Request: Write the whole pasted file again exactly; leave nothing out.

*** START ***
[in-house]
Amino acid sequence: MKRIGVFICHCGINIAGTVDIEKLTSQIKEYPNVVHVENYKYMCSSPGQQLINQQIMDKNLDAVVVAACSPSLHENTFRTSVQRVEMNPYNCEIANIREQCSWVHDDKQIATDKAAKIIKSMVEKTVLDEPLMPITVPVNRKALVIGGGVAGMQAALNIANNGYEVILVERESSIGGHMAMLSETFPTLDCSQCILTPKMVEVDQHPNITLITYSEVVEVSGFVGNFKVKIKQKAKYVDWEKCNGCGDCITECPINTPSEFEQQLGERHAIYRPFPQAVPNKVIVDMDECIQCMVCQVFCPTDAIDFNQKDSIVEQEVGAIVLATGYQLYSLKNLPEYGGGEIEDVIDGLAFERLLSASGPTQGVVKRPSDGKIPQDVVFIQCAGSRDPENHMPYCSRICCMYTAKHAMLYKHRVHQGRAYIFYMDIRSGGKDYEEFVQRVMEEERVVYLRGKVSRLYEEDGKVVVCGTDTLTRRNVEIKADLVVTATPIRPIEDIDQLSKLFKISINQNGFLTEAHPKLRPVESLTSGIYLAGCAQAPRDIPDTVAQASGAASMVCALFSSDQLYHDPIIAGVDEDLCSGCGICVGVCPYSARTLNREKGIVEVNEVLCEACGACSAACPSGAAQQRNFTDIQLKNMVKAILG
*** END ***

[in-house]
Amino acid sequence: MKRIGVFICHCGINIAGTVDIEKLTSQIKEYPNVVHVENYKYMCSSPGQQLINQQIMDKNLDAVVVAACSPSLHENTFRTSVQRVEMNPYNCEIANIREQCSWVHDDKQIATDKAAKIIKSMVEKTVLDEPLMPITVPVNRKALVIGGGVAGMQAALNIANNGYEVILVERESSIGGHMAMLSETFPTLDCSQCILTPKMVEVDQHPNITLITYSEVVEVSGFVGNFKVKIKQKAKYVDWEKCNGCGDCITECPINTPSEFEQQLGERHAIYRPFPQAVPNKVIVDMDECIQCMVCQVFCPTDAIDFNQKDSIVEQEVGAIVLATGYQLYSLKNLPEYGGGEIEDVIDGLAFERLLSASGPTQGVVKRPSDGKIPQDVVFIQCAGSRDPENHMPYCSRICCMYTAKHAMLYKHRVHQGRAYIFYMDIRSGGKDYEEFVQRVMEEERVVYLRGKVSRLYEEDGKVVVCGTDTLTRRNVEIKADLVVTATPIRPIEDIDQLSKLFKISINQNGFLTEAHPKLRPVESLTSGIYLAGCAQAPRDIPDTVAQASGAASMVCALFSSDQLYHDPIIAGVDEDLCSGCGICVGVCPYSARTLNREKGIVEVNEVLCEACGACSAACPSGAAQQRNFTDIQLKNMVKAILG